Laboratory methods

Specimen processing and DNA isolation

The vaginal swabs were held for up to three days at 4°C prior to DNA extraction. Material from swab specimens was suspended in PBS and collected by centrifugation at 16,060G for 20 minutes. The supernatant was discarded and the pellet was resolved in PBS. DNA was extracted using the High Pure PCR Template Preparation Kit (Roche Molecular Biochemicals, Mannheim, Germany) according to the manufacturer's instructions. Amplification of the human β-globin gene was performed to confirm the integrity of the DNA in the samples [12].

HPV genotyping

Human papillomaviruses were detected by single-round PCR using the degenerated oligo primers MY09/11 and HMB01 as described by Gravitt et al. [13] using an Eppendorf Mastercycler (Hamburg, Germany). The PCR products were detected by ethidium bromide-stained agarose gel electrophoresis. All positive results were genotyped by restriction fragment length polymorphism analysis as described in Mejer et al. [14] The HPV genotypes were classified using the systems proposed by Dunne EF et al. and Munos et al. [4, 15] The following HPV types were classified as high-risk: 16, 18, 31, 33, 35, 39, 45, 51, 52, 56, 58, 59, 68, 73, 82 including probable high-risk types 26, 53, 66. Types 6, 11, 40, 42, 43, 44, 54, 61, 70, 72, 81 and 89 were classified as low-risk.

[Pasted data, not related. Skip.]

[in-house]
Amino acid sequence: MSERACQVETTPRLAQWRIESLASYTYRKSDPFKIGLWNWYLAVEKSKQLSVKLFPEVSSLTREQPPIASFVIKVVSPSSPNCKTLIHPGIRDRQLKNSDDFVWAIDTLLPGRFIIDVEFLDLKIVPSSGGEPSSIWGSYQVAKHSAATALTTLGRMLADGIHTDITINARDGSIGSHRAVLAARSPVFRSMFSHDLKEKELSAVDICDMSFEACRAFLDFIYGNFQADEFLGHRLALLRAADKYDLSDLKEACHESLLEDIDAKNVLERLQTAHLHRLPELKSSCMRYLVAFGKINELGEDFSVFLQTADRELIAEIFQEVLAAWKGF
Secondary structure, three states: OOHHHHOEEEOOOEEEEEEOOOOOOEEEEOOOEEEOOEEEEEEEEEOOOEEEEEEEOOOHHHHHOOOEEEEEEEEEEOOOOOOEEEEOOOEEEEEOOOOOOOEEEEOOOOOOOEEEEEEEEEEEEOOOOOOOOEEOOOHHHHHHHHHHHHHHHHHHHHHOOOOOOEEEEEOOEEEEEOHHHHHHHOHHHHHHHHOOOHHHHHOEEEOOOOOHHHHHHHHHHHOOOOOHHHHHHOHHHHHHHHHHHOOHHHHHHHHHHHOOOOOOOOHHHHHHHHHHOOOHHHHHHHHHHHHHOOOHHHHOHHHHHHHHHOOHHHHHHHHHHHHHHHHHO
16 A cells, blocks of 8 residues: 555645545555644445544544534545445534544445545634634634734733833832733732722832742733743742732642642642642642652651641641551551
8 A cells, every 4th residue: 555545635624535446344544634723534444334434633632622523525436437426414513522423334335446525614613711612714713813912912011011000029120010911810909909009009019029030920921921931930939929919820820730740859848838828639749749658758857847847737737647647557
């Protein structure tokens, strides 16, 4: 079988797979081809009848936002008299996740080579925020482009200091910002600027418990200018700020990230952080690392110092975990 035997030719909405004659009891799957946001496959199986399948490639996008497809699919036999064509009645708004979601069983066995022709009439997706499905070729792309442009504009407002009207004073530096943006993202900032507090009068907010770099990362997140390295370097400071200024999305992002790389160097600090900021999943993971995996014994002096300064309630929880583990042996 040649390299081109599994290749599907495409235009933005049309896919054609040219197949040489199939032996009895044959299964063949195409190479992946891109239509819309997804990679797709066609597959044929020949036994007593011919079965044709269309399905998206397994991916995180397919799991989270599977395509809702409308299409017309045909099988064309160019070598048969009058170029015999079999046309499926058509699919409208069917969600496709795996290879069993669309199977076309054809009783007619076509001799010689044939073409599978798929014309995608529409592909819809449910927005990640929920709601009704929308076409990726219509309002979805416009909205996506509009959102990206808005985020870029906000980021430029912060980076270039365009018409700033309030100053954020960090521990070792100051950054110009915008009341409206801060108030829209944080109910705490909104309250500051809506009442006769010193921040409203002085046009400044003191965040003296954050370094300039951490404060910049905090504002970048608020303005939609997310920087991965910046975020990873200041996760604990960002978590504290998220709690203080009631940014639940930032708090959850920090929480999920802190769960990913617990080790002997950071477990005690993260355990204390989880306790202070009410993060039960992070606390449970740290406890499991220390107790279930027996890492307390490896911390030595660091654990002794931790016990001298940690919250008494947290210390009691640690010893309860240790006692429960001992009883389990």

Statistical analysis